Southwest Airlines (LUV), the airline which currently has the largest number of Boeing 737 MAX delivered and undelivered, yet built aircraft, also has reiterated its support for the aircraft. In an open letter, the airline’s chief executive officer (CEO) Gary Kelly commented that “there is nothing more sacred to me than the Safety of our Customers and Employees.”
“If we had a cause for doubt of the Safety of our fleet—or any subset of it—simply put, the planes would not fly,” Kelly added.
Meanwhile, Brazil’s GOL Linhas Aereas CEO Paulo Kakinoff observed that the airline was “confident that it is one of the safest and most efficient aircraft in the world.” GOL is the first airline to fly the MAX. The first flight took place on December 9. 2020. Announcing its first flight with the aircraft a day prior, GOL Linhas Aereas once again reiterated the fact that it’s “first priority is always the safety of our customers," at the time stated the Vice President of Operations at the airline Celso Ferrer.
They say history is the best teacher, but what kind of lessons can be taken from the Boeing 737 MAX historical data?
Throughout its short service before the grounding, there had been 17 events related to the aircraft, according to Aviation Safety Network (ASN). The Lion Air flight JT610 and Ethiopian Airlines flight ET302 are also on the list and should never be forgotten, as a combined total of 346 people died in the two fatal accidents. Other incidents include bird strikes, collisions on the ground and several engine hiccups. For example, the aircraft type suffered five bird strikes, a normal incident that can occur anywhere, between March 2018 and March 2019. On four other occasions, the aircraft was hit by various ground equipment at airports, including a tornado blowing over a bus to Corendon Airlines Boeing 737 MAX right-hand engine cowl in January 2019.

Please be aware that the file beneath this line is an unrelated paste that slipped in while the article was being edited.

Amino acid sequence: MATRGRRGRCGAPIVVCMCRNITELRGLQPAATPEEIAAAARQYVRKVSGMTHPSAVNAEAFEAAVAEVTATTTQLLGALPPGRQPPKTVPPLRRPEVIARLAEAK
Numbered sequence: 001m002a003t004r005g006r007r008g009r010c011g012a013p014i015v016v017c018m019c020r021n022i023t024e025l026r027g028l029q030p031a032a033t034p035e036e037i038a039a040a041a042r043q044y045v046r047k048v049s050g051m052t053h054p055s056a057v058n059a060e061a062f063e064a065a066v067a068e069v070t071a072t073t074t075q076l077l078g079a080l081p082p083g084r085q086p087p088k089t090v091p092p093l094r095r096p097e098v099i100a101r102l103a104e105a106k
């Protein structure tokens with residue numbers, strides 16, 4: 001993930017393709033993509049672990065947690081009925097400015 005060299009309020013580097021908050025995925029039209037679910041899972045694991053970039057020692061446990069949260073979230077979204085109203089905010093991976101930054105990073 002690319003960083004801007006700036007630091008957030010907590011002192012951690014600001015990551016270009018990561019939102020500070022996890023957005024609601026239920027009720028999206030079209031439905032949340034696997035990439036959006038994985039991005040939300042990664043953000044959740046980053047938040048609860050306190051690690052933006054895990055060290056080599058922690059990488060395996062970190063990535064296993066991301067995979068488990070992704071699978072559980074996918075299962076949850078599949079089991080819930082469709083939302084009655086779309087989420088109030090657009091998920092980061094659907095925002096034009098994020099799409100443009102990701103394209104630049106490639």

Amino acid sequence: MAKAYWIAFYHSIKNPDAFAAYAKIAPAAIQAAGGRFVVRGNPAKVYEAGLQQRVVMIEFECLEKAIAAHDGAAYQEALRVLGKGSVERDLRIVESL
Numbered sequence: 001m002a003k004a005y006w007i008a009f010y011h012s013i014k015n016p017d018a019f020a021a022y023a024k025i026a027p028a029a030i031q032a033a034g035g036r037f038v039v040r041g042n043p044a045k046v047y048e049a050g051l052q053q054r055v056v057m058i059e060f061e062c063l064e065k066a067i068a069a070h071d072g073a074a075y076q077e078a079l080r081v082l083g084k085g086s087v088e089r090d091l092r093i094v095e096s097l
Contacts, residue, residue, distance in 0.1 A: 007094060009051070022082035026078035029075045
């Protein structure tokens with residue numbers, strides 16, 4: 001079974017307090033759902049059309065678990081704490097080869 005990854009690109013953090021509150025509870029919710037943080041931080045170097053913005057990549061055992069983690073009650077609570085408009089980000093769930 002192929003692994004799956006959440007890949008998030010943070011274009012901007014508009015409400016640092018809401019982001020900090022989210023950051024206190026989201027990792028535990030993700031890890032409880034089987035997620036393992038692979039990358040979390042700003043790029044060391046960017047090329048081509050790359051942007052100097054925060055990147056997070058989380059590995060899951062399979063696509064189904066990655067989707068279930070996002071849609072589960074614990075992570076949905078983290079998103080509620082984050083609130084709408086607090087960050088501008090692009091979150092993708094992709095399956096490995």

On another occasion, a Norwegian MAX was cleared to land despite there being an aircraft on the runway at Helsinki Airport (HEL), while, an Aerolineas Argentinas Boeing narrow-body suffered vibrations on the left-hand engine and conducted an emergency landing in Tucuman, Argentina, in December 2018. One Air Canada (ADH2) 737 MAX suffered severe turbulence on January 12, 2019. Sixteen days later, another aircraft of the type and of the same airline was forced to declare a MAYDAY call, as the right-hand engine oil quantity neared zero. On one WestJet flight in December 2018, the crew received a STAB OUT OF TRIM error and declared a PAN PAN, landing without any problems.
Following the groundings, in-mid March 2019, a Southwest Airlines Boeing 737 MAX suffered an in-flight shutdown as it was en route to Victorville Southern California Logistics Airport (VCV) for storage.